CAT Chat Minutes

April 11, 1997

 

Issues that require action and/or follow-up
1. The BESSRC computer tables were moved by contractors or APS personnel without asking permission. What can be done?

We are informing all support personnel (riggers, plant facilities, etc.) that before any work is performed or any equipment can be moved on the floor of the experiment hall, the floor coordinator needs to be notified. The floor coordinator will then in turn discuss the planned work with the CAT.

2. We are not getting a notice when Tecknit is working in an adjacent station.

This incident occurred because of a problem with the work request software. The problem has been corrected and should not occur again. The system is now capable of notifying specific or all sectors.

3. Is it possible to receive more information on the storage-ring status, especially during times when the storage ring is down for some major problem that has a serious impact on user beam availability?

We will continue to improve the communications between the facility and the users. We understand the frustration of not knowing what is going on, but very often even the facility engineers do not know the full extent or implication of their early diagnostic efforts. Often the full extent of the damage from a failure is not evident until the obvious repairs are made, and the more subtle failures become evident. In any case, we will work on keeping you informed. At the end of these minutes, we have included a summary of this past week's activities. We will provide a weekly status summary for the storage ring.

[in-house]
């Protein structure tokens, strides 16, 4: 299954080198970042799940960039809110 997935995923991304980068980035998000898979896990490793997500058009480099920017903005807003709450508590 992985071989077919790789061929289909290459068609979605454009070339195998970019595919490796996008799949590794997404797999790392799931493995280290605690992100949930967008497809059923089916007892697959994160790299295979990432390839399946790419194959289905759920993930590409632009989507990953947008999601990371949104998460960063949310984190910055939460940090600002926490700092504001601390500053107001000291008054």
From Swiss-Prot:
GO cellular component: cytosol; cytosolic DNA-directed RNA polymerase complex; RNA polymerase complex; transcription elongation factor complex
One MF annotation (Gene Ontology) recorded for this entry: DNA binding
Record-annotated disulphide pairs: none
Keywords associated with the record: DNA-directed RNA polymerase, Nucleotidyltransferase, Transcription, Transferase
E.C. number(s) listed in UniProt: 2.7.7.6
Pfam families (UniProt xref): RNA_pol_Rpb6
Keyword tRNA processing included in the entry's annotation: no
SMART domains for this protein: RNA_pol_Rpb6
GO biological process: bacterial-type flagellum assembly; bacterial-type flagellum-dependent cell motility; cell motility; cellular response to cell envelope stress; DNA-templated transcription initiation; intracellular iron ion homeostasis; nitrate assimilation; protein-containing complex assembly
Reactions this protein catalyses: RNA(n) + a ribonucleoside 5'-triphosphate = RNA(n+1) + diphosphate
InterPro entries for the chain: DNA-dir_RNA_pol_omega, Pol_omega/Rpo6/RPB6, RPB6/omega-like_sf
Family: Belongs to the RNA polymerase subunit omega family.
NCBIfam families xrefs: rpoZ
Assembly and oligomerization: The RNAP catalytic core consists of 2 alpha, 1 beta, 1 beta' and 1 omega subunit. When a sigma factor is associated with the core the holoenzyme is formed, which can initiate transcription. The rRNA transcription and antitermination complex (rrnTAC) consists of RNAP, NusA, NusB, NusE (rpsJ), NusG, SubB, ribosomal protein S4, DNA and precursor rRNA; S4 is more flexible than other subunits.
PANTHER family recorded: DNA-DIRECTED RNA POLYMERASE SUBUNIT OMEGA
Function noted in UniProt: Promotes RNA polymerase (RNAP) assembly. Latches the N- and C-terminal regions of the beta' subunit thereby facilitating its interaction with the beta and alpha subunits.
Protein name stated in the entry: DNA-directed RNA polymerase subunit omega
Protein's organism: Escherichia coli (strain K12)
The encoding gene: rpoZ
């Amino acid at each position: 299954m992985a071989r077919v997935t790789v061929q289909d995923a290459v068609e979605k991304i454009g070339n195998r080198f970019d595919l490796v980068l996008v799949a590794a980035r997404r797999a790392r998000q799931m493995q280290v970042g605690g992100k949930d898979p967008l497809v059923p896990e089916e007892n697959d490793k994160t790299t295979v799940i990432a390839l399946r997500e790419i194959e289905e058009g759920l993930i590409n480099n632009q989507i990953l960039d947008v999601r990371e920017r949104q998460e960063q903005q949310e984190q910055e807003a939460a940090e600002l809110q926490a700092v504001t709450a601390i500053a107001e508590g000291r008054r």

4. Can we be notified when work that may affect our operation is done on the utilities?

We will add utility modification to the list of items that were discussed in item 1.5.

A station door could not be opened because the PSS was indicating a minor fault. What is being done to correct this?

The new PSS software that is being installed corrects this problem. Most of the beamlines have the new software installed. We are trying to finish the remaining ones as soon as possible.

6. Is there any truth to the rumor that the shops will be declassified as tornado shelters (the signs have been taken down)? If only the restrooms are used as shelters, the men's restroom size becomes an issue.

The shops will be reposted while we review other options.

7. There is no place to put a name on the temporary visitors badges. When using the badge for multiple days, it makes it difficult to determine which badge belongs to whom. Can something be done?

We will be providing stickers for writing your names and attaching to both the dosimeter rack and the dosimeter.

8. On Wednesday, DND noticed that the beam took a sudden jump on their bending-magnet BPM. Also the indication on the status screen was indicating the orbit correction was being done continuously. What happened for each of these events?

The sudden beam motion did occur, but we do not have a direct correlation to the cause. It is possible that one of the correctors made an uncommanded change, and it took time for it to recover or for the orbit correction program to restore the orbit. In the case of the status indicator, an abnormal termination of the orbit correction program modified the status PV, and other control problems prevented it from being corrected.

9. ASD studies and shielding verification are done during the day shift during the week and not on weekends. Can something be done to provide us with more day shifts?

Both studies and shielding verification often require a significant number of support personnel, because these activities often have unique or non-standard operational requirements. It is difficult to have a large number of personnel here during the weekends or at night; call-ins from home also waste time, decreasing the efficiency of the activities. Also the amount of dedicated shielding verification time is dropping rapidly with most stations now being monochromatic and verified under full current, parasitic conditions.